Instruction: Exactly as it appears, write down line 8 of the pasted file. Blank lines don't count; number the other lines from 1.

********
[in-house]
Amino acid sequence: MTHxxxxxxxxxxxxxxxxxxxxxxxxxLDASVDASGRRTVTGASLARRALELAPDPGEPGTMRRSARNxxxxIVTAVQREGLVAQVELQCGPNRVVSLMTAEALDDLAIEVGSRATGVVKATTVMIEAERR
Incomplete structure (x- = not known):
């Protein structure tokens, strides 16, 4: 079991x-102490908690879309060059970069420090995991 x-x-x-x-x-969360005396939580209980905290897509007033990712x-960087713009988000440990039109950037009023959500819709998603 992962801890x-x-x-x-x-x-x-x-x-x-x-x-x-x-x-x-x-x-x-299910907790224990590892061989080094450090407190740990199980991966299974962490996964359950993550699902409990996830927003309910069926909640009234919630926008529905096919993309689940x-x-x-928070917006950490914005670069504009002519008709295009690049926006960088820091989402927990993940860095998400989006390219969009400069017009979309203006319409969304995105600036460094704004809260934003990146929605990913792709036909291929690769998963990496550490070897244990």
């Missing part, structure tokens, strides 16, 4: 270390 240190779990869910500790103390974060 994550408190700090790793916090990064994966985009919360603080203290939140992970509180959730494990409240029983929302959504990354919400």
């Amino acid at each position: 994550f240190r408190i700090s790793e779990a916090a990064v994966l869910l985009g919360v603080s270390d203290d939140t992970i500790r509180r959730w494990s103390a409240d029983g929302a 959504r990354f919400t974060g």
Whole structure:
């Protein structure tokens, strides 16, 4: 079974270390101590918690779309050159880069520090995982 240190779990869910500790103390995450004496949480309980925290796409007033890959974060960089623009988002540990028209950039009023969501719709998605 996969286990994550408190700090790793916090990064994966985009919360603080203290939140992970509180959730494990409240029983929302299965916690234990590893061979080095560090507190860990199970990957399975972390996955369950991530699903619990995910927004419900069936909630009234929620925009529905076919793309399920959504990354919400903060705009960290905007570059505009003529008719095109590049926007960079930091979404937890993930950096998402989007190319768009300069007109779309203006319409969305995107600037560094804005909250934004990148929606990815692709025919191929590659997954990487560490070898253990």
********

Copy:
């Protein structure tokens, strides 16, 4: 079974270390101590918690779309050159880069520090995982 240190779990869910500790103390995450004496949480309980925290796409007033890959974060960089623009988002540990028209950039009023969501719709998605 996969286990994550408190700090790793916090990064994966985009919360603080203290939140992970509180959730494990409240029983929302299965916690234990590893061979080095560090507190860990199970990957399975972390996955369950991530699903619990995910927004419900069936909630009234929620925009529905076919793309399920959504990354919400903060705009960290905007570059505009003529008719095109590049926007960079930091979404937890993930950096998402989007190319768009300069007109779309203006319409969305995107600037560094804005909250934004990148929606990815692709025919191929590659997954990487560490070898253990």